A code snippet to show the LSP voilation :
Doc blocks can very helpful to make sure that LSP is not violated and made easy to understand what is the type of value returned from function.
Interface Segregation Principle
It states that a client must not be forced to implement an interface that it doesn’t use. It will make sure that Classes are sharing only the knowledge that is required and not just bloating themselves, just because we committed to code to interface.
At this point, I would like to name one more jargon, Fat Interface. So what is Fat Interface, basically, and interface becomes fat when it’s handling too many contracts. A fat interface violates Single Responsibility Principle too as it’s handling more than one responsibilities at a time.
Let’s take an example, suppose we have a Class Driver who has the responsibility to manage a Car.
Now the Driver Class can have a operate method which will get an instance of Car and we can call the getFuel, shiftGear and and steer methods of Car Class.
Since we are committed to code to an interface, we make the CarInterface and make the Car Class implement CarInterface to override getFuel, shiftGear and steer methods.
Now, the driver gets an electric car e.g. Tesla Model S. You make a Class ElectricCar and implement the CarInterface. Since you have a contractual binding, you have to override the methods. But an electric car doesn’t require to get fuel. Yet we will have to override this getFuel method and do nothing in that for electric cars.
This violates Interface Segregation principle. This is exactly where we need to make our fat interface, CarInterface, thin and move out the fuelling part out of CarInterface to a more appropriate interface, like CarFuelInterface and change our CarInterface to CarOperationInterface. Now, a DieselCar can implement CarOperationInterface and CarFuelInterface whereas and ElectricCar Class can implement only CarOperationInterface. An now, since Electric car requires charging, ElectricCar Class can additionally implement an CarChargeInterface with methods like plugElectricity, doCharging, unplugElectricity etc. which means that we are open to extension but closed to modification, hence adhering to open-close principle too. This example also shows that SOLID principles are interlinked to each other. Bottom line is that a Class should not have the extra knowledge that is not required.
Dependency Inversion Principle
It states that High level modules should never depend on Low level modules, instead the High level module can depend upon an abstraction and the Low level module depends on that same abstraction. It’s not the simplest statement that we have come across. In very simple words… nope, a statement this complex can’t be simplified.
So let’s take a simple example, suppose there is a PasswordReminder Class which can be a high level module(a module that doesn’t focus on detailed implementation) requires access to dbConnection property. Now how about we just inject the MySQLConnection Class to the constructor of PasswordReminder Class(dependency injection) and give it access to dbConnection property. But this will make the High level module(PasswordReminder) depend on low level module(MySQLConnection). But does the PasswordReminder need the knowledge on connection type? Nope. It doesn’t. So lets code to an interface.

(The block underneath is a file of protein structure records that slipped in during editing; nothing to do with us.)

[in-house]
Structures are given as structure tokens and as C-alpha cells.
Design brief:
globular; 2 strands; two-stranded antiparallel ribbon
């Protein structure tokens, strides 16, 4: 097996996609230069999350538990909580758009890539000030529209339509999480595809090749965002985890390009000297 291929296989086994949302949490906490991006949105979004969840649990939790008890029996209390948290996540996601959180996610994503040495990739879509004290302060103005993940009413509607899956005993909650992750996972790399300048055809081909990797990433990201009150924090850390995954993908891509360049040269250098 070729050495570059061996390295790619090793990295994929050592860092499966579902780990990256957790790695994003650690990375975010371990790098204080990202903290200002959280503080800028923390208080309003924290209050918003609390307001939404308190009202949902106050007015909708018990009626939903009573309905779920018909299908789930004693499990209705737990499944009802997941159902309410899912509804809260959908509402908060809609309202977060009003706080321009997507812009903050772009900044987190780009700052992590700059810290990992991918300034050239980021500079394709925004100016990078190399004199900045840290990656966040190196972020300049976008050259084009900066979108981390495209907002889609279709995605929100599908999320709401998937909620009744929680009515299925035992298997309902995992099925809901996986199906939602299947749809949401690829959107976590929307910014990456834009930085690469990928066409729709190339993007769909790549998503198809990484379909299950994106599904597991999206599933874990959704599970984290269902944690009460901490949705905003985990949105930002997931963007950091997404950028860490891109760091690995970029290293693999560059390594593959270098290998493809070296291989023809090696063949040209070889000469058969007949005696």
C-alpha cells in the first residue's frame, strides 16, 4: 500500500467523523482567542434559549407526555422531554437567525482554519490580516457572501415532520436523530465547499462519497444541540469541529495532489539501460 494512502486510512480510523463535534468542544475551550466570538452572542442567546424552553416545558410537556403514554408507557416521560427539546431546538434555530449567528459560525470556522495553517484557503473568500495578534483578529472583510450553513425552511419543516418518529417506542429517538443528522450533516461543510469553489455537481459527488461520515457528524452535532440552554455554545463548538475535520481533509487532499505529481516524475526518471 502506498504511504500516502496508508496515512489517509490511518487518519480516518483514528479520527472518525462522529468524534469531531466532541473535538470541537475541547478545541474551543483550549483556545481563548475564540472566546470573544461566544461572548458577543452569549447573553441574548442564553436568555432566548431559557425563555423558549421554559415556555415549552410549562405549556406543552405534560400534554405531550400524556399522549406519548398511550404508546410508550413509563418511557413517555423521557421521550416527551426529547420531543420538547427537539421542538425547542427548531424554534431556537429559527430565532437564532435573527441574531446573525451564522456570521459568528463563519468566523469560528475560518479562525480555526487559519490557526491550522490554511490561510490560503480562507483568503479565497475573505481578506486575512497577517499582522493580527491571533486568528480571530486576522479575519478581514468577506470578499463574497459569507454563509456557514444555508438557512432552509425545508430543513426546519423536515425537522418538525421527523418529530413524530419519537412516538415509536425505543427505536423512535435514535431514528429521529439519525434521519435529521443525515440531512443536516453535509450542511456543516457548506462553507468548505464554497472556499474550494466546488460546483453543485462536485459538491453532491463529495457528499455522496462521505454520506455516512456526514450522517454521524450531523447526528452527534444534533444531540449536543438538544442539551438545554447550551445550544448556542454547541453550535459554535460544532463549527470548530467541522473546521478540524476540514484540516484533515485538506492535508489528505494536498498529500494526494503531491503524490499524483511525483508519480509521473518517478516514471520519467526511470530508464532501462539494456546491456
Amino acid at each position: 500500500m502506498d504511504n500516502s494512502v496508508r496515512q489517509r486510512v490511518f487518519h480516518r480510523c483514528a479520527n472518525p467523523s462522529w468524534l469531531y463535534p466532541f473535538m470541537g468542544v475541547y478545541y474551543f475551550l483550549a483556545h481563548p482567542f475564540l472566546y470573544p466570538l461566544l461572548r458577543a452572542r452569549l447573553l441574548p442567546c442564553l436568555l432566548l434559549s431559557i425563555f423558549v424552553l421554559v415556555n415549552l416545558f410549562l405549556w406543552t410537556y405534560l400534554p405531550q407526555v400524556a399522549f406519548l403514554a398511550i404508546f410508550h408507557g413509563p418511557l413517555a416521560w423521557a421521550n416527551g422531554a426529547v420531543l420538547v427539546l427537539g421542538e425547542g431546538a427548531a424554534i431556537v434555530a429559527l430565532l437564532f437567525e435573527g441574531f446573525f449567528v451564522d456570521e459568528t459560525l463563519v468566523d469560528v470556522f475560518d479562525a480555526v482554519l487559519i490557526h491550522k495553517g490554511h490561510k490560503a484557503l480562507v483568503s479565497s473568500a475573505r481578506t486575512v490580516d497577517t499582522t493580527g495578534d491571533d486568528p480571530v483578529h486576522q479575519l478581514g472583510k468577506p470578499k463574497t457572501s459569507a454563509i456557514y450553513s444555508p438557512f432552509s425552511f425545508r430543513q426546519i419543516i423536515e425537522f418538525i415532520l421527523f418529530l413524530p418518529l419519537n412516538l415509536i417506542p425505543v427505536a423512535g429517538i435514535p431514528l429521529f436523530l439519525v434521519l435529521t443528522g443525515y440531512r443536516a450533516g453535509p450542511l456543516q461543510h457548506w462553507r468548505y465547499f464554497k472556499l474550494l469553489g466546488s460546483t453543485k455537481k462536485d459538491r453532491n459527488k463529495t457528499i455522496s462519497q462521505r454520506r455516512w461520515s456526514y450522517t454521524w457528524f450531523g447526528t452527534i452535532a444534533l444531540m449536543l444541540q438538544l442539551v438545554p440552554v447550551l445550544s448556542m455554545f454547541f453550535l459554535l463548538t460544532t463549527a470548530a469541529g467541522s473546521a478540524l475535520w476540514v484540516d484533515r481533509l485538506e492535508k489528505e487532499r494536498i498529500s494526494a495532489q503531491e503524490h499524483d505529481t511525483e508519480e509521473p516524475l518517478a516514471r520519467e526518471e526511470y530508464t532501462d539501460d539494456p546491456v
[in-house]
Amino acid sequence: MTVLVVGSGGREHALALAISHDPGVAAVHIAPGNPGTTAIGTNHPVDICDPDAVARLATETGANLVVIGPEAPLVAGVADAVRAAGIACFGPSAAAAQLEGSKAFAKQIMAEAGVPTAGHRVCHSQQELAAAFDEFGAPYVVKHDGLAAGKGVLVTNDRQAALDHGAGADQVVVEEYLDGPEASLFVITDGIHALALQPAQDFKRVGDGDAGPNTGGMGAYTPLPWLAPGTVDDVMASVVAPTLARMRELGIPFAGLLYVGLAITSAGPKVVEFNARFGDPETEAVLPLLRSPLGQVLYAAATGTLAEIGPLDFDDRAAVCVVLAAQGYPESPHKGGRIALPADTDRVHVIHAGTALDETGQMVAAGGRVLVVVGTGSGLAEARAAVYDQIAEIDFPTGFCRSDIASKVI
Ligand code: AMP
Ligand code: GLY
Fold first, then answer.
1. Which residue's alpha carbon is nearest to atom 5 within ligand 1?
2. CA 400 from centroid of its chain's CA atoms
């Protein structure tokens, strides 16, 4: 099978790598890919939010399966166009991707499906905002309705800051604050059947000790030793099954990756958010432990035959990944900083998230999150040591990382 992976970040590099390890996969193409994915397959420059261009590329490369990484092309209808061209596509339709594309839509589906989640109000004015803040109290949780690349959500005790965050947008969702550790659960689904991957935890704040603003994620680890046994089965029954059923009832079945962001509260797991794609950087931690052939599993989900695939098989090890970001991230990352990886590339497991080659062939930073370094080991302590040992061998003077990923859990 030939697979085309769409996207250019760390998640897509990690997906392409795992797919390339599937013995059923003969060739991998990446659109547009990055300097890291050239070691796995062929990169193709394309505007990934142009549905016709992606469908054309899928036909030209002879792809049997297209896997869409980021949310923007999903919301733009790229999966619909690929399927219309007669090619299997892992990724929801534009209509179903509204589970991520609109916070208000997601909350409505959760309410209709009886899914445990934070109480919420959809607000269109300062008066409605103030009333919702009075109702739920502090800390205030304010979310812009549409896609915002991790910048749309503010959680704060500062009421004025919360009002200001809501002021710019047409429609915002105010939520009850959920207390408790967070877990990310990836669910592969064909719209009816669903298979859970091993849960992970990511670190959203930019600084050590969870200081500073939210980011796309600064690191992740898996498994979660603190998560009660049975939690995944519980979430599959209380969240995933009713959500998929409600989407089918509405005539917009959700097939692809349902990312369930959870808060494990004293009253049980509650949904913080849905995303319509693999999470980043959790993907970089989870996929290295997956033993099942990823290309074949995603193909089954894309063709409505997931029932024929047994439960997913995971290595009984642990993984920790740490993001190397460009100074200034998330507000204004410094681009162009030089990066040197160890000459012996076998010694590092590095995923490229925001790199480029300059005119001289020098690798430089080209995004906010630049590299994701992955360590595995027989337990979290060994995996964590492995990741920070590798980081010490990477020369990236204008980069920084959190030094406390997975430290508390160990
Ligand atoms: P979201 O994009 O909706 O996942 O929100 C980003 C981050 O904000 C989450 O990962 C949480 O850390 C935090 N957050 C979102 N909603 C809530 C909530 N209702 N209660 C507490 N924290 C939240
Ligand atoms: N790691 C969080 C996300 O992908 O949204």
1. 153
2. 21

Make a ConnectionInterface(an abstraction) and inject that to PasswordReminder Class’ constructor to access the dbConnection property.
Now, our MySQLConnection Class becomes DBConnection Class and it can implement the ConnectionInterface to override methods like connect. Here we just decoupled the PasswordReminder Class from MySQLConnection Class using an abstraction (ConnectionInterface) and the dependency on MySQLConnection Class is inverted using the abstraction ConnectionInterface. I’m still looking for better examples for this in real scenarios. If you can suggest any, please provide them in Comments section.
Here are the definitions of these principles as provided by Wiki:
Single Responsibility Principle: A Class should have only a single responsibility
Open/Closed Principle: Software entities … should be open for extension, but closed for modification.
Liskov Substitution Principle: Objects in a program should be replaceable with instances of their sub-types without altering the correctness of that program.
Interface Segregation Principle: Many client-specific interfaces are better than one general-purpose interface.
Dependency Inversion Principle: One should “depend upon abstractions, [not] concretions.”
All these principles are something to keep in mind while coding and doesn’t necessarily mean that we have to put each of them in practice at all times. Just keep it in mind that we have to keep an idea of what we are doing in a Class. Does it need the the knowledge that I am passing to it? While trying to answer this we might get to code to an interface and put necessary abstractions in place which will make our code adhere to the SOLID principles.